On the 24th anniversary of the PlayStation’s release in Japan comes the PlayStation Classic, a micro-console created to cash in on growing nostalgia for Sony’s first ever system. Following in the footsteps of Nintendo’s own NES and SNES miniatures, this plug-and-play PSX comes bundled with 20 pre-loaded games, spanning iconic brands like Metal Gear Solid all the way through to cult classics like Intelligent Qube.

The product, which comes packaged with two non-DualShock controllers, is a no-brainer as a novelty – but there has been some concern that the Japanese giant hasn’t given it the love and attention it deserves, with reports of open source emulation and a sub-standard selection of software. So is this a celebratory slab of plastic – or a shameless cash grab? We’re going to break down everything you need to know about the petite platform in our PS Classic review.

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PS Classic Review: Hardware

As you can see from the images, the PS Classic is inspired by the original launch model PSX, rather than the 2000 hardware revision, the PSone. Despite being 45 per cent smaller in terms of pure size, the device is a meticulous recreation of the iconic console, including every ridge, icon, and detail. So exact is the replica that it even includes the Parallel Port flap around the rear, despite the underutilised input being removed from later revisions of the console in the late 90s and beyond.

There are two ports around the back of the unit: one for the Micro USB power cable, and the other for HDMI output. On the top of the unit are all three of the PSX’s buttons, with the Reset button used to create “restore points” in games (more on that later) and the Eject button used to simulate the disc changing functionality retained in titles like Final Fantasy VII. The main Power button obviously turns the system on and off, with the booting process taking seconds.

PS Classic: Contents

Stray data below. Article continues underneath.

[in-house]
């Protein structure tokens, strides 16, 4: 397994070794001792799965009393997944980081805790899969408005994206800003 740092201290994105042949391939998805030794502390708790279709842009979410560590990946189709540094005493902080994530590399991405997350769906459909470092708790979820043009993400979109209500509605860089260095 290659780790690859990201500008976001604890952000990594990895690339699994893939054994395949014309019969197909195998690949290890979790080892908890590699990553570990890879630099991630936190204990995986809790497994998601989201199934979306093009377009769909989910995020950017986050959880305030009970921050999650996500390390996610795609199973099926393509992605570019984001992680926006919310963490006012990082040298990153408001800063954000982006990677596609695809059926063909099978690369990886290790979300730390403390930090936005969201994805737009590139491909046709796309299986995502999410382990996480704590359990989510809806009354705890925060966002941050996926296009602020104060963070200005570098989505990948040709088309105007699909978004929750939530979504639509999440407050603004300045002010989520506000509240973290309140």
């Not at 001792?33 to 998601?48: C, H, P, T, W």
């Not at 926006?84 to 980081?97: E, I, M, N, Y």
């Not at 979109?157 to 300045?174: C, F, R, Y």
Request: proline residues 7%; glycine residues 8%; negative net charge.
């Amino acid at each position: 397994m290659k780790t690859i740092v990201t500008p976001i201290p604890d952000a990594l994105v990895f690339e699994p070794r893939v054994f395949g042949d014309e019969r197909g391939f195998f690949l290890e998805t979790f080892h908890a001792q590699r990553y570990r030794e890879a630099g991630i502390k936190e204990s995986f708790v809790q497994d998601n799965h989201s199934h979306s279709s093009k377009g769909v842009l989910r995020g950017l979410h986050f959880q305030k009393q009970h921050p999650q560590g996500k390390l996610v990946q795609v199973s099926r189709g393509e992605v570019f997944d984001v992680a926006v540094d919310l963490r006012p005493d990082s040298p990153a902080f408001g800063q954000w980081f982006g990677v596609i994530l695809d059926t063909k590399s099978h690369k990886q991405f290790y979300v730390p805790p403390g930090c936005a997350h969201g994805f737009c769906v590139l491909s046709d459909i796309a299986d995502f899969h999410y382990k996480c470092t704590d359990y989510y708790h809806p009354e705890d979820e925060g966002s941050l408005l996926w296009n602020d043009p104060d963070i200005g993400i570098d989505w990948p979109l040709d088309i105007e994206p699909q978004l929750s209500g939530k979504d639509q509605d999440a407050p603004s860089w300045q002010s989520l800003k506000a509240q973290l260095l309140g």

• PlayStation Classic console
  • Two original PlayStation controllers
  • USB power cable
  • HDMI cable

The physical buttons can feel a little bit squishy, and the lightweight nature of the system itself means that it can seem a little cheap in the hands. This is mostly just the nature of the beast, though: the plastics employed are more or less identical to those used in the original hardware, it’s just without an optical disc drive or any kind of internals the unit is lighter than a couple of custard creams. This does make it highly portable, of course – you could carry it in your pocket if you really wanted to.

There are two controller ports on the front which creatively connect using USB as opposed to the proprietary ports of the original PlayStation; this means that there’s the potential to use either of the two included controllers with a PC if you’re able to obtain the right drivers, opening up new possibilities when using emulators. While the memory card slots are replicated on the front of the system for authenticity, the console itself has a mammoth amount of on-board storage, so there's no need for any expensive extras.

We should add that the packaging is a nostalgia trip in and of itself, as it’s inspired by the console’s original box. Despite being a fraction of the size, the use of yellow and black colouring will definitely take you back in time, and the unpacking process has been lovingly designed, with the inner-box revealing the diminutive device inside once you pull it free from the wrapping.

In addition to the console and two controllers, you get a USB cable and a standard HDMI lead – but no plug adapter. Technically you can plug the micro-console into any USB power source and it will function, including the PlayStation 4 or a PC. Alternatively, you can use the kind of standard USB plug adapter that comes with a smartphone. If you haven’t got a spare one of these lying around, they can be purchased for peanuts from Amazon, so do keep that in mind.

PS Classic Review: Controller